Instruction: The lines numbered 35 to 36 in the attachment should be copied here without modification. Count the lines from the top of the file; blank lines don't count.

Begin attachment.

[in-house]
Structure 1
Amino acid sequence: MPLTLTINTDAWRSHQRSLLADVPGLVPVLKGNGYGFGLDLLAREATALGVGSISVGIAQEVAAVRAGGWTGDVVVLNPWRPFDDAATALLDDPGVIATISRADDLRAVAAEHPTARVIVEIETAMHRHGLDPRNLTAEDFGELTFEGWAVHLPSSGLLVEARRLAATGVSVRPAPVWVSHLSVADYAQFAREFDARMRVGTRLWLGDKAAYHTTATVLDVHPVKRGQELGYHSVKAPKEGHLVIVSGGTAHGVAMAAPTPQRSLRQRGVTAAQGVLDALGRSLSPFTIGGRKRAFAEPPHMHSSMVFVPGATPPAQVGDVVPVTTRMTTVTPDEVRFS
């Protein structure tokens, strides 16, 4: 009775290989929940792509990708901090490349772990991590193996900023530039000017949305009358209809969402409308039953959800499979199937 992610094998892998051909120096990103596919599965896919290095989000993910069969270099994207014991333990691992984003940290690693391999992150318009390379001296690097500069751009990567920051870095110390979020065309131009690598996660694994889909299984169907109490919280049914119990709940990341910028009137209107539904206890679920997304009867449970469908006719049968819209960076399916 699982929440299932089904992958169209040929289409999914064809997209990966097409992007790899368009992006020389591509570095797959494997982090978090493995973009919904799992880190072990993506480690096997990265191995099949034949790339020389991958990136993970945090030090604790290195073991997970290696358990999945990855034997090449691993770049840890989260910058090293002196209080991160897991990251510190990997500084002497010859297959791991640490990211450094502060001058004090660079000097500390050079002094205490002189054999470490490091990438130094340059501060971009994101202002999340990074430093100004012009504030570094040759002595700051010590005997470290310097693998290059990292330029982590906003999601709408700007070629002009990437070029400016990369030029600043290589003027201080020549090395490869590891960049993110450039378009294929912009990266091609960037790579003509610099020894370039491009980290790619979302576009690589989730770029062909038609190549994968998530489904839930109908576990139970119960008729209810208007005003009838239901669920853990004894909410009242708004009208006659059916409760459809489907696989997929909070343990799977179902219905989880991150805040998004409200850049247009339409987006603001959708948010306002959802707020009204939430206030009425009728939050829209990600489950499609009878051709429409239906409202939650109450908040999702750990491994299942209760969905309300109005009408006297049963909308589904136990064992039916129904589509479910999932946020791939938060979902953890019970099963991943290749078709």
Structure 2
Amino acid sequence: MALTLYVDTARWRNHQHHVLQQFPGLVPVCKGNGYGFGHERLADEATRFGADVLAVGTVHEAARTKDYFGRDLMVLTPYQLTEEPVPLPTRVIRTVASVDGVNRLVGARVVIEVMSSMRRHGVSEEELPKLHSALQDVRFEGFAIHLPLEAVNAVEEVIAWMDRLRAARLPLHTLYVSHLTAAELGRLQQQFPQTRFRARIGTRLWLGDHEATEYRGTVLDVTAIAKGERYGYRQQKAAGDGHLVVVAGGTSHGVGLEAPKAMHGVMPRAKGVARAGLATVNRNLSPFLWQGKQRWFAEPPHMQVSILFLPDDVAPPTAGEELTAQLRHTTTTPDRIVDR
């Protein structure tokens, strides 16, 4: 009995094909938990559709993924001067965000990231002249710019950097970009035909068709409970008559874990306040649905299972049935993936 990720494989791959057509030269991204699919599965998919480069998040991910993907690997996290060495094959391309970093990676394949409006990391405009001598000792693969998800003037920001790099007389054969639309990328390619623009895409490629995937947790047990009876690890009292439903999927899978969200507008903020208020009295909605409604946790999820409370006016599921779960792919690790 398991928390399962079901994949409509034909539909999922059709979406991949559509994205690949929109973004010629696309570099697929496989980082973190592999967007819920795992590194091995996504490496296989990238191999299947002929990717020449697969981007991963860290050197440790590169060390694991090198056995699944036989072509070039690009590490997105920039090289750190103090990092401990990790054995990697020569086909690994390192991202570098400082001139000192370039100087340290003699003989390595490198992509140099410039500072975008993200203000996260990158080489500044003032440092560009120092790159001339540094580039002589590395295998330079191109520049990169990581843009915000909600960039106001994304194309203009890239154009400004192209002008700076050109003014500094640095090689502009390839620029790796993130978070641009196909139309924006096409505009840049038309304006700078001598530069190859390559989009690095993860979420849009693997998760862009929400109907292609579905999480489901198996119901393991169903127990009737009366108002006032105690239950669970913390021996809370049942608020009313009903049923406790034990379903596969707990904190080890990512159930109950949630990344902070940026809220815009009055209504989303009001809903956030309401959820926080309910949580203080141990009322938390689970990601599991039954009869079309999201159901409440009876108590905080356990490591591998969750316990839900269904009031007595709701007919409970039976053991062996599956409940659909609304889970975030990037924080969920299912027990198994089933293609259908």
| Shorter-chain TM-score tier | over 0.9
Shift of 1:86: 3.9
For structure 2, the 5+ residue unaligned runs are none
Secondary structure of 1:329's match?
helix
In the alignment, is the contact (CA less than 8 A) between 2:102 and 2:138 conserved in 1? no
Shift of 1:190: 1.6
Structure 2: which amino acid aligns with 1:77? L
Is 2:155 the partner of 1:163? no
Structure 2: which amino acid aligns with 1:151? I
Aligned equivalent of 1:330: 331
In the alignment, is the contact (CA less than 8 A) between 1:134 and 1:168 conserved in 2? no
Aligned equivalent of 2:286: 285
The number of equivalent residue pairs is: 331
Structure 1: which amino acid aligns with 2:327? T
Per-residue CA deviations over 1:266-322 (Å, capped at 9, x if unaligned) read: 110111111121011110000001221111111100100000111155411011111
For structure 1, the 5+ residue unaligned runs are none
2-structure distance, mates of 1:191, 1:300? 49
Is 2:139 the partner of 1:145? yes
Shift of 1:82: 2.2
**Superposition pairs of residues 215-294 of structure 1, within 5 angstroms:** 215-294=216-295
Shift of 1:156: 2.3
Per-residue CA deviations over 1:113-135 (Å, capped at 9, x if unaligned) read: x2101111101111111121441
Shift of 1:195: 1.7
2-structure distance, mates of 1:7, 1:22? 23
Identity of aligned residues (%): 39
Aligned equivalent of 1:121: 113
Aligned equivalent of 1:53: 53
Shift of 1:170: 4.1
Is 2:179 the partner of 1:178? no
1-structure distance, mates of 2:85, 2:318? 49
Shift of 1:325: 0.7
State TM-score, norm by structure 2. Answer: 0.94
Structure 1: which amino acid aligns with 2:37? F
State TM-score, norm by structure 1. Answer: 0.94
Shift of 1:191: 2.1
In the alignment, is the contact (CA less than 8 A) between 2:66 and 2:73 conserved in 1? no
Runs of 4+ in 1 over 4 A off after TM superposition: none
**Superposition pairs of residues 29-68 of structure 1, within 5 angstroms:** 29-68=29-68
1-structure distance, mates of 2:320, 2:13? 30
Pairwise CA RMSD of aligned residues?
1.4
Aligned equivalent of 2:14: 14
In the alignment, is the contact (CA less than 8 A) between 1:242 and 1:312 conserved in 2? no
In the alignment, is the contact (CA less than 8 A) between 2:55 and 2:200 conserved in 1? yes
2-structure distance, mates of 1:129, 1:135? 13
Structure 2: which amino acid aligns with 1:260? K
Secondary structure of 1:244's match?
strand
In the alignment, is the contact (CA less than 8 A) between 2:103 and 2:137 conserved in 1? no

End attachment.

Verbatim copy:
Aligned equivalent of 1:53: 53
Shift of 1:170: 4.1